About 30,000 Minnesota hobby pilots, home airplane builders and dreamers are heading to Oshkosh, Wis., for the annual Experimental Aircraft Association's AirVenture show.
He measures to the nearest half-millimeter and levels to 0.0 degrees, but when it comes to the nearly 13,000 rivets that his home-built airplane will require, Patrick Hoyt counts aluminum fasteners in terms of full coffee cans.
The 45-year-old Eagan man is building a two-passenger Zenith Zodiac 601XL in his garage.
"And you can still get the snow blower out," said wife and unofficial navigator Mary, 47, who scoffs at Patrick's plans for a larger garage, but who looks forward to bringing their 2-year-old Lhasa apso, Piper, for rides.
They'll have to wait.
Patrick is just 19 months into a three- to- five-year endeavor that will ultimately let the Hoyts, like any ambitious recreational fliers, skip across the nation's 7,000 airports, free from earthbound traffic.
Starting Monday, the destination for aviation buffs is Wittman Regional Airport in Oshkosh, Wis., where the annual Experimental Aircraft Association's AirVenture will attract more than a half-million spectators and 10,000 airplanes through Aug. 3 for daily air shows, world-record flying attempts, music, camping, flying lessons, affordable flying tips and an airplane parts flea market -- the "Fly Market."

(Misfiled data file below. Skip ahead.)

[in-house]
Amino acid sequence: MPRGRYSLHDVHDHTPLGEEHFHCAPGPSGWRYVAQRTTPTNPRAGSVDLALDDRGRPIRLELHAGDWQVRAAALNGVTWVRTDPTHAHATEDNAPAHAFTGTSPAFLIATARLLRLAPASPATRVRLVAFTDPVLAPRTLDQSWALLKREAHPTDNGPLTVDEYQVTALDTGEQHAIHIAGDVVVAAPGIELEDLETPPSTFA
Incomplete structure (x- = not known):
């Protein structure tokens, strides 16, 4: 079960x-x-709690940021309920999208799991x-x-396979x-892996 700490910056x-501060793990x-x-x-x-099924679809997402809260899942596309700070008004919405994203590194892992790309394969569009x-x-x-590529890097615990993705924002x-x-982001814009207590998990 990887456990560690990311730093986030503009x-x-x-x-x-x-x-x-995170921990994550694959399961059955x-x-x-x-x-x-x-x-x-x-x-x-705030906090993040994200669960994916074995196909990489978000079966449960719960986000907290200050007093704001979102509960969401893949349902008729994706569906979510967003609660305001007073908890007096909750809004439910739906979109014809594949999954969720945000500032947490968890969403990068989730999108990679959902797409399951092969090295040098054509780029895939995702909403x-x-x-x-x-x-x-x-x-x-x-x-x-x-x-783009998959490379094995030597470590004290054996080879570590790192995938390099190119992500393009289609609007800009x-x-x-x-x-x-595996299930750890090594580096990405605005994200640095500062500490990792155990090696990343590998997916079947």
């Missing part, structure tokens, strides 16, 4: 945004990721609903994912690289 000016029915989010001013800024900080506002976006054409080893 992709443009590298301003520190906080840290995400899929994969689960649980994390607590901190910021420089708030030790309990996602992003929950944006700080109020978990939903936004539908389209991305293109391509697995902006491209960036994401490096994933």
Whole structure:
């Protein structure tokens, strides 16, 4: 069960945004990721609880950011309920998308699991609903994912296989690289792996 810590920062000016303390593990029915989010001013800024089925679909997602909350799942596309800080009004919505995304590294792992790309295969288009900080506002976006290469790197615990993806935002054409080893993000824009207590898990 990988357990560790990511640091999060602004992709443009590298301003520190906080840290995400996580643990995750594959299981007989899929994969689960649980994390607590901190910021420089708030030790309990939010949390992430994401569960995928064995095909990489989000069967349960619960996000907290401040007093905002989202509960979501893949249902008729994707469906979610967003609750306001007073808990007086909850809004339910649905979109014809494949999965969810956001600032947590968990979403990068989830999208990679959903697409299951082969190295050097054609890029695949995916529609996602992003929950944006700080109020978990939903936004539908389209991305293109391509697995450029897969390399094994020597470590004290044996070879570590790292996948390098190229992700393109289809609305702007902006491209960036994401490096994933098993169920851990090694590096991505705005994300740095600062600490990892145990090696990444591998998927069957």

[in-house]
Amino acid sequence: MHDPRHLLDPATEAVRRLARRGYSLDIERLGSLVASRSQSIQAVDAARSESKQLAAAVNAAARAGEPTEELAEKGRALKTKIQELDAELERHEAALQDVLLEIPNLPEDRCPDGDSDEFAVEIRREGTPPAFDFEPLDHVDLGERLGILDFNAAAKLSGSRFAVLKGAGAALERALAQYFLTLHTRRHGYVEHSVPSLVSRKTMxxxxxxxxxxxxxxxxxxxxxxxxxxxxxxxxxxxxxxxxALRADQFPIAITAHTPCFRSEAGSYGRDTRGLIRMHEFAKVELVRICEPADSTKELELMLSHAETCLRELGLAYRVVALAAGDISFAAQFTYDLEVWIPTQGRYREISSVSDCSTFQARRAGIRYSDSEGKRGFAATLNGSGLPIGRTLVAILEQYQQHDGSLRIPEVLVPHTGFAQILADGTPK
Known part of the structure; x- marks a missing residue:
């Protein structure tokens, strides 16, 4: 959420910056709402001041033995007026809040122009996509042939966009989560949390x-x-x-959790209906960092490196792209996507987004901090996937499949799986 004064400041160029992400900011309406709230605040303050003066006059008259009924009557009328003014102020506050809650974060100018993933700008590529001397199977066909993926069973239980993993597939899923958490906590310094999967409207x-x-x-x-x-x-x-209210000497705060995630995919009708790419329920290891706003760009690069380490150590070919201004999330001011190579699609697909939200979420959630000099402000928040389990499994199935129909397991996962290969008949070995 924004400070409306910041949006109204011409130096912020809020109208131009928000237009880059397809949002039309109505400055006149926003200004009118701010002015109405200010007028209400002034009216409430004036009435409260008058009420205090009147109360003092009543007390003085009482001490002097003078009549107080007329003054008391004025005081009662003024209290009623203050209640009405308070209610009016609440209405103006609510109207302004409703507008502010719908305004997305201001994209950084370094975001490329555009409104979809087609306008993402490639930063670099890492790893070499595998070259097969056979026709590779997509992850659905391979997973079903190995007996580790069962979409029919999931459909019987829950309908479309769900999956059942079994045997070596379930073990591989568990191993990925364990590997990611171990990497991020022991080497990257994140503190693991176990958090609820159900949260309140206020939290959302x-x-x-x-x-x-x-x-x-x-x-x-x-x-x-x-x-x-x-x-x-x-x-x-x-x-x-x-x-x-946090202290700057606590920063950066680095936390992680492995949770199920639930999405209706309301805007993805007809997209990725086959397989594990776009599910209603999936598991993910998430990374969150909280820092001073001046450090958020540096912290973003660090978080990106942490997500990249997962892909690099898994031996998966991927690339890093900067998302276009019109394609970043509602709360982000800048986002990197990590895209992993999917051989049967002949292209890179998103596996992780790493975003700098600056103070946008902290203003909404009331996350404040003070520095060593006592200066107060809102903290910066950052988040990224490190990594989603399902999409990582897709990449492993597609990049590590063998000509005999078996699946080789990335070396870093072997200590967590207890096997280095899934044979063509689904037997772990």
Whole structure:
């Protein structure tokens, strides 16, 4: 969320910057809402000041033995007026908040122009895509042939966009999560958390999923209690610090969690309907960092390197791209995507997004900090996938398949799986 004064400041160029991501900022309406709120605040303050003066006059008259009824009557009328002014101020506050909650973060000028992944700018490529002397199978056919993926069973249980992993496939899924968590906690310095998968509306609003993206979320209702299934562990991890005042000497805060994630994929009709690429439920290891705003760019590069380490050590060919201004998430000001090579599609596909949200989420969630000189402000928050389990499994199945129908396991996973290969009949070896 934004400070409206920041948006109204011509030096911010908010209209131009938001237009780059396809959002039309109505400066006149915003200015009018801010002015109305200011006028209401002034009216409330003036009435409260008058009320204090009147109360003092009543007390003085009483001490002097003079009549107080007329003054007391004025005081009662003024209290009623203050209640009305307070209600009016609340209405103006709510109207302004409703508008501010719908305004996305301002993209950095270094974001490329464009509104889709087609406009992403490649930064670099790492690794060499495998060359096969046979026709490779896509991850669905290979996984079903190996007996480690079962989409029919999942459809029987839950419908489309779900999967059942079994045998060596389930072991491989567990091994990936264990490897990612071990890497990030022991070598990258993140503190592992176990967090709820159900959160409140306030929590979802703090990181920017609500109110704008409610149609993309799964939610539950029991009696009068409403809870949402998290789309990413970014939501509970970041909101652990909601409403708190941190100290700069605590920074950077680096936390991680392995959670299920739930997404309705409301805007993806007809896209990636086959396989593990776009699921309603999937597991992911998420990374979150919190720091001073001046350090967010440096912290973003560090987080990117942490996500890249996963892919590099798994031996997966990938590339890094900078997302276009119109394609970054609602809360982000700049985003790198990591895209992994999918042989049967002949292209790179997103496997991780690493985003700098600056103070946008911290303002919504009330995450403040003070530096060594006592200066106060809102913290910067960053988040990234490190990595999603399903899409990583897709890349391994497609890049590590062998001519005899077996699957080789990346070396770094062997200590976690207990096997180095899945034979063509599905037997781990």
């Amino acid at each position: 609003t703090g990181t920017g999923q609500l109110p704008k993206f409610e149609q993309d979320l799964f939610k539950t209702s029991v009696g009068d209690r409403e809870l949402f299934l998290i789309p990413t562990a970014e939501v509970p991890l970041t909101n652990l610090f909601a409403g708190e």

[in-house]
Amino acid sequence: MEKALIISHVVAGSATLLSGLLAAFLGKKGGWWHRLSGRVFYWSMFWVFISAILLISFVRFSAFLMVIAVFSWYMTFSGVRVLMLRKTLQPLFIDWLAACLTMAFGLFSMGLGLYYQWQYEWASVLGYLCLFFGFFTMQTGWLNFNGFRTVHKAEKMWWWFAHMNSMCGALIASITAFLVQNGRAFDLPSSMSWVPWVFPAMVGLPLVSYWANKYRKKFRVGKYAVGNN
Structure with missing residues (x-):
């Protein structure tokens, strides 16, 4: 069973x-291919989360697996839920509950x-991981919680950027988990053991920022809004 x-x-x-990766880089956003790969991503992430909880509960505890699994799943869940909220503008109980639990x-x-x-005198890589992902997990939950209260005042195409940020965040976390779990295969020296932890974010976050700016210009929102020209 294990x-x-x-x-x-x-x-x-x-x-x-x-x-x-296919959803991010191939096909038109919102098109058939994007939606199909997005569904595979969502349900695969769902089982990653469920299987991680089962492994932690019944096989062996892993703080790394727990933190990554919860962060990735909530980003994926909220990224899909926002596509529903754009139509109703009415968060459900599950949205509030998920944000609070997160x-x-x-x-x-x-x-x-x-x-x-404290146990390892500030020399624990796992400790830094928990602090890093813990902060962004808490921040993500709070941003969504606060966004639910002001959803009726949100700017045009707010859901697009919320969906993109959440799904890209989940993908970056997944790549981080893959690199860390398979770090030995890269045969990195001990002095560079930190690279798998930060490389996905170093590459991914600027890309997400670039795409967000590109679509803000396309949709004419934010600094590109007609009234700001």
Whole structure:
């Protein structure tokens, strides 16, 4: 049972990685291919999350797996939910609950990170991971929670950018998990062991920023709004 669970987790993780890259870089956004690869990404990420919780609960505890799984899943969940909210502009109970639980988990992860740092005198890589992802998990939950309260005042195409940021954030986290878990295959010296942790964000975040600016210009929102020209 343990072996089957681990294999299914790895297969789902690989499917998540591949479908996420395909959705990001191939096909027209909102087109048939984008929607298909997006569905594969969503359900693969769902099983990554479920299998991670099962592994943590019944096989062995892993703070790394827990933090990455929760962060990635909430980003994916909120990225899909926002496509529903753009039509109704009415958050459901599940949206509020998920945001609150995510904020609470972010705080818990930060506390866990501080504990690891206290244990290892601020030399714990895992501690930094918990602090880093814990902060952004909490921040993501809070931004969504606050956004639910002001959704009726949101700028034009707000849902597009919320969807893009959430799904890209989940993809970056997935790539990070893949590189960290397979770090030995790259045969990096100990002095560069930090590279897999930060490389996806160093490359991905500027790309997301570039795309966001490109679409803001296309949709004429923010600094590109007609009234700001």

"You can talk about airplanes until the cows come home and nobody's eyes are going to glaze over," pilot Nancy Carter, 52, of Elk River said of AirVenture.
"Once you go, it's really hard not to go back," said home builder John Koser, 66, of Bloomington. "It's gargantuan. Picture 12,000 airplanes in one area.
Koser, Carter and Hoyt are three of about 30,000 Minnesotans traveling to Oshkosh by road and by sky, some of whom will sleep, literally, under the wings of their airplanes.
An airplane emerges
Hoyt began building model and remote-control airplanes as a child and first attended the Oshkosh air show in 1971. Now, working beneath a childhood photo of himself and a friend holding small red airplanes patched together with black garbage bags, Hoyt is taking himself up on a dream long postponed for cost and work reasons.
He can go into his garage at any time, glance at more than 100 pages of step-by-step blueprint directions and assemble a piece at a time.
"I never leave anything half-done," Hoyt said. "It's just an interactive process, piece after piece after piece. Eventually, an airplane emerges."
When finished, the Zenith Zodiac will be at least 90 percent self-built, including an engine conversion, but that doesn't mean Hoyt is building alone. Experimental Aircraft Association (EAA) Chapter 25 in Lakeville boasts a number of home builders, all of whom have an "open invite" to look at Hoyt's project. His work is inspected routinely and will undergo hours of testing before its first flights with passengers.
"You can't have an ego when you're a home builder," Mary said.
Patrick agreed: "The reality is, I'm a first-time builder."
Hoyt's project is an investment of approximately $35,000. He didn't have sufficient money while driving an 18-wheeler and when doing traveling computer consultant work, but he started the project as soon as he could.